Monday, April 06, 2015
David Ferry and a Difference with Poetry: Ellery Street, a new selected from The Grolier Press
David Ferry and a Difference with Poetry:
Ellery Street, a new selected from The Grolier Press
article by Michael T. Steffen
Because he has been accomplished and acclaimed as a translator of literary classics in poetry (Gilgamesh, Horace, Virgil), the achievement of David Ferry’s original poetry has been little taken on. It is a question that made Poetry magazine’s editor Christian Wiman speculate in his presentation of Ferry’s Ruth B. Lilly Prize back in 2011. Wiman’s thought was that in time Ferry’s own poems would be equally acknowledged and appreciated. One step toward that has been taken. As part of the Grolier Series of Established Poets, Ifeanyi Menkiti has brought out a choice selection of Ferry’s original poems with the title Ellery Street, after one of the poems selected from Ferry’s 1983 Strangers: A Book of Poems (and an actual street near the Cambridge Public Library where the poet lived between 1960 and 1996).
One thing poetry most definitely allows the individual is a space for private revolt. In the case of Ferry, who has been so diligent, reliable and true under his classical poets—really what could we expect but the snail (an image from Ferry of the beauty of the body) struggling from its elaborate onerous shell and just relishing in venting some complaints about the tomb of scholarship from the point of view of just a man with lungs to fill with air, eyes with light, looking back at the reading room and calling the scholars out for their “imbecile gaze.” Ecclesiastes warns us there’s weariness in writing many books.
It is an amusing paradox for the reader, and a testament to the persistent inspiration of poetry, as well as to the poet’s brilliance with the dilemma to sing of “human unsuccess” (Yeats) with Ferry’s demonstrative rather than literal way about it. Beyond letting out that there is something “imbecile” about erudition and this earnest game of poetry, inextricable—du-uh—from language and scholarship, Ferry’s poetry wants to be awkward, say, enough to include a snail, an old lady with terribly scarred legs and a fat girl as examples of “how beautiful…the body” to consider along with the supposedly enviable, obvious image of youth in its prime:
A boy passes by, his bare
Chest flashing like a shield in the summer air;
The king, going to the drug store.
The bare chest “flashing”—like the shield of one of Virgil’s heroes! And the discreet seemliness of the couplet separated by the spacing (…bare/…air). David Ferry possesses the wherewithal to write as he chooses. Yet for his private fedupness with the insistent triumphal shades and laurels of the fifth art, and genuine sense of humility and love for ordinariness, he chooses to be patient and illustrative rather than argumentative, meandering rather than terse and punchy. It is original, very different in its allowances from the streamline verse that fills so many new books and journals these days.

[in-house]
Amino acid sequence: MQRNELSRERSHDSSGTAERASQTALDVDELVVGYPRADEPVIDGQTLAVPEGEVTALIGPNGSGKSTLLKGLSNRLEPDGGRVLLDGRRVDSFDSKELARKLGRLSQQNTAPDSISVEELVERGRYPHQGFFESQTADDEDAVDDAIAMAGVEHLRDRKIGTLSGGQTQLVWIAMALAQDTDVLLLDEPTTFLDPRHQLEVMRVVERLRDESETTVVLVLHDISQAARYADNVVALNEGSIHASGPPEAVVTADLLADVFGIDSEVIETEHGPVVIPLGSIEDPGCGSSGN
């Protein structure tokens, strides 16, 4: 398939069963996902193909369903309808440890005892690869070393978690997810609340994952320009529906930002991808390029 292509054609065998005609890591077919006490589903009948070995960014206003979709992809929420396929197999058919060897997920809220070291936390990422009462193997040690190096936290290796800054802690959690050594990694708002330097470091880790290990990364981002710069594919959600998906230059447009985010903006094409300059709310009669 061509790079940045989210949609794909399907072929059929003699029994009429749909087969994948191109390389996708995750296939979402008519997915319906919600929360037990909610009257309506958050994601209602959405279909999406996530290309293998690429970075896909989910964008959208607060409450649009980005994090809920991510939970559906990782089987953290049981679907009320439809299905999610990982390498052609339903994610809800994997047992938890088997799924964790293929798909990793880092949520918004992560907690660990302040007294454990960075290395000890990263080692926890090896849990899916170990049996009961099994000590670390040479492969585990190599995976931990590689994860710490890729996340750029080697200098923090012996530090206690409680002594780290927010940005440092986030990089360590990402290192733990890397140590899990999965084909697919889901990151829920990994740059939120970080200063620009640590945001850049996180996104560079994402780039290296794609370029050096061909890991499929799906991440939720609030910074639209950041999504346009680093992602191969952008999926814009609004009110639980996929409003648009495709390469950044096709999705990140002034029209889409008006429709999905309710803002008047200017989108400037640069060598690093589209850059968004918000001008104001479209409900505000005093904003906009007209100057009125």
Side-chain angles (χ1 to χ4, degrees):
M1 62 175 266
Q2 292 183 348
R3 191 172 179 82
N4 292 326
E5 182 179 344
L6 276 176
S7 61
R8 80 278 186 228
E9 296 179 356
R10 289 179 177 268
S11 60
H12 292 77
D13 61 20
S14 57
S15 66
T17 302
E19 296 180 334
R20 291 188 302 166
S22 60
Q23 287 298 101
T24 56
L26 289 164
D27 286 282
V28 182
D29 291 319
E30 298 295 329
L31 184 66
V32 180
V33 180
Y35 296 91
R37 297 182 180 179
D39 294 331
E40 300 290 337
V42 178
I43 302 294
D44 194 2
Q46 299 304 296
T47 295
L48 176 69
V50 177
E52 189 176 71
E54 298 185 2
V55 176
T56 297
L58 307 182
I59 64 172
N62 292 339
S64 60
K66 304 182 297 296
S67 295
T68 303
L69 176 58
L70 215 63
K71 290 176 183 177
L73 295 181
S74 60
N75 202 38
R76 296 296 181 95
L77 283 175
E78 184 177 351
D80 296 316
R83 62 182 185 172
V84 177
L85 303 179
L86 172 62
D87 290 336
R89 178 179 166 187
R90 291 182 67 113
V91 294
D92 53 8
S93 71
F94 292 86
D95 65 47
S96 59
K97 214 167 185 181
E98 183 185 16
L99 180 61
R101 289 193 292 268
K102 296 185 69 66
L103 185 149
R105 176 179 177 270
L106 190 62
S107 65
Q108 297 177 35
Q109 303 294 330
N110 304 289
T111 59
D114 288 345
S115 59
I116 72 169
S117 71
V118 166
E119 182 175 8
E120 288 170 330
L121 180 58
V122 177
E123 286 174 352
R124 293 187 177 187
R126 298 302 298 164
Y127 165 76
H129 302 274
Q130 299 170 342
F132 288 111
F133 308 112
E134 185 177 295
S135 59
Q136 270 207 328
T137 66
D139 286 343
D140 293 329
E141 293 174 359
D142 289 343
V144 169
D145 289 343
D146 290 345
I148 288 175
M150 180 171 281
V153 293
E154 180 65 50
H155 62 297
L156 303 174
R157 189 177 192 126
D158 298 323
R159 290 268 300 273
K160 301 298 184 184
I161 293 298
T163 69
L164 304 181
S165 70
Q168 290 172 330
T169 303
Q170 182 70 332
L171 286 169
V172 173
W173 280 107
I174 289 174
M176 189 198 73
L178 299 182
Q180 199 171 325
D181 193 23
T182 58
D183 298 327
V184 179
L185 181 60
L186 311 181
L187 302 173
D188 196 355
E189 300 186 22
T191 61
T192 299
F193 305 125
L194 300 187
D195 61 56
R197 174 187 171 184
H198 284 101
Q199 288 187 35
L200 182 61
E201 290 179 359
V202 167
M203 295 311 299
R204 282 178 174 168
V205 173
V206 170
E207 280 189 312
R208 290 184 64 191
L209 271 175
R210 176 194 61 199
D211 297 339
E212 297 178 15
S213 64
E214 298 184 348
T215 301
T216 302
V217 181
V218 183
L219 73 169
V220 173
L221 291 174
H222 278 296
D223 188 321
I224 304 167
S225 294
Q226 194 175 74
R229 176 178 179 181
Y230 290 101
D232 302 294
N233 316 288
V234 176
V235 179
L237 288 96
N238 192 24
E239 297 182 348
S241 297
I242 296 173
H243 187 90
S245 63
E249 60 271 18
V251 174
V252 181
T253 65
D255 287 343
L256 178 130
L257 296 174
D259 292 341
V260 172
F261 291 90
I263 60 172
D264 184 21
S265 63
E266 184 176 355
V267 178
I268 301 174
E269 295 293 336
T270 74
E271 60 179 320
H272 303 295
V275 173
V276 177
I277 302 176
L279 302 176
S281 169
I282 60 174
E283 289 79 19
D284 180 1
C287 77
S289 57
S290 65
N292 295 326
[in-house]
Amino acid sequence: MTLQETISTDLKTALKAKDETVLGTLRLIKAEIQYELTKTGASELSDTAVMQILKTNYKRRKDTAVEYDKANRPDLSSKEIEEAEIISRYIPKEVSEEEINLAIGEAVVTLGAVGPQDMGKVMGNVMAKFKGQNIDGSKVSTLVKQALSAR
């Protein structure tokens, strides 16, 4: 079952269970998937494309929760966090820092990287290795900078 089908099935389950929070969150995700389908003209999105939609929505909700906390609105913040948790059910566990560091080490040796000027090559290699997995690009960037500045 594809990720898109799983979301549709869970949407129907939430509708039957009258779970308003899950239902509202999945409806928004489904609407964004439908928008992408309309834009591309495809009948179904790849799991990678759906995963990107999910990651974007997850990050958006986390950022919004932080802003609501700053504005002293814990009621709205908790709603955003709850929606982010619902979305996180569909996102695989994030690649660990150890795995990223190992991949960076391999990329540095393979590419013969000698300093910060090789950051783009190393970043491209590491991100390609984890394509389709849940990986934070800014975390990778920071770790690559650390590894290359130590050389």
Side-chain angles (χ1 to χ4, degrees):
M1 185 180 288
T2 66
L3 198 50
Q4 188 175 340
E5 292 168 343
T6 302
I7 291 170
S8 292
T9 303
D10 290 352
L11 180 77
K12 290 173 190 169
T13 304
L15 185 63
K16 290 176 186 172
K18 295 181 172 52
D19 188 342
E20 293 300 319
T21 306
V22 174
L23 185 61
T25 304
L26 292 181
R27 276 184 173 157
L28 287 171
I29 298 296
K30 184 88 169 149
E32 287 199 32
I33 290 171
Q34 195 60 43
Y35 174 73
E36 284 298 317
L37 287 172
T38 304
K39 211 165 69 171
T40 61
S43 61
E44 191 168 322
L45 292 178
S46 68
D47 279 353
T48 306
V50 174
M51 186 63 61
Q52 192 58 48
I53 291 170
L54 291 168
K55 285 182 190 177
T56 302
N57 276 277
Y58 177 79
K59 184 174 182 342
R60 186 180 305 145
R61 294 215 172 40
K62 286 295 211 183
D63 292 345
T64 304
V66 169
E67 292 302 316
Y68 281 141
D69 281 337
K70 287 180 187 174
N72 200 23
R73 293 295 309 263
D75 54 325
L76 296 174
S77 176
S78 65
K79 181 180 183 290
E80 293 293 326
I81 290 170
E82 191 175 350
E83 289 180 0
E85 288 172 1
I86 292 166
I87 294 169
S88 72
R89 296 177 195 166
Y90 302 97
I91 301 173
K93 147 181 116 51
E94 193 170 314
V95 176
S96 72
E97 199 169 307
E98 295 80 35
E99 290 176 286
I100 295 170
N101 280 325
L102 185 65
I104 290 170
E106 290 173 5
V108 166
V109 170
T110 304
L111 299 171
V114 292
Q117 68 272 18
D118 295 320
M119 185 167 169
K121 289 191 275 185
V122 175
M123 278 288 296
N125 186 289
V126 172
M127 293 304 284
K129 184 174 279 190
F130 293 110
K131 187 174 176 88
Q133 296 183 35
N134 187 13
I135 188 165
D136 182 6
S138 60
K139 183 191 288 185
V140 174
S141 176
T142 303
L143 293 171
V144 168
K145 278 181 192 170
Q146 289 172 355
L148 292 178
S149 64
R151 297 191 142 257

It is as if, shedding the pomp of Roman empire hexameters, odes and epodes, Ferry has woken another old friend, William Wordsworth, to go outside and look around, at—impatiens in the garden. Or to listen to the timely clicking of leaves on an impossibly hot October afternoon. His ear is so attuned to what’s going on with nature and human nature around him. He picks up on the subtlety of a mature man’s lesson about temperament conveyed to a teenager, through the deliberately slowed rhythm of dribbling a basketball. The ball bounces like the formal scansion of a line of poetry. As there’s a “court” in playing this and other ball games, Ferry reminds us of the original higher ideal of our bearing in this play, called sportsmanship, giving the poem the title “Courtesy.” How we played sports (we used to be told) was just as important as competing to win. Brutal victory at any cost was frowned on. Ferry goes about to remind us, though he is not preachy or pedantic about it, of such effaced virtues. Doing so, Ifeanyi Menkiti has brilliantly observed in his introduction to Ellery Street, these poems countenance “a certain way of managing the breakdown of our various powers and affections, so that all is not lost.”
This particular continuity of sensibility endures the paradoxes of time, to a somewhat disturbing glimpse of the body in the poem “At a Street Corner” from Ferry’s 2012 National Book Award winning Bewilderment:
Look here, look at my hands,
They look like little wet toads
After a rainstorm’s over,
Hopping, hopping, hopping.
This is one of the values of the selection: having the occasion to let Ferry’s original poems echo off one another, with variety reflected in the poet’s signature themes, his suspicion for language and concepts, the intractable element of the world in our observations and experiences (which leave us “bewildered”), the dissociation (even dispossession) between ourselves and our bodies—memorably recorded by the ambiguous arrival in “At a Bus Stop; Eurydice” :
She was amazed, amazed.
Can death really take me?
The bus went away.
It took the old lady away.
Ifeanyi Menkiti has taken great care in editing and introducing this selection. Maybe one reader will wonder, Where is “Everybody’s Tree”? or What about “Learning from History”? Generating discourse will be another great benefit of this wonderful book showcasing one of the Boston area’s and one of America’s most prized and genuinely appreciated poets.
Ellery Street by David Ferry
edited in the Grolier Established Poets Series
is available for $18.00
at The Grolier Poetry Book Shop
6 Plympton Street
Cambridge, MA 02138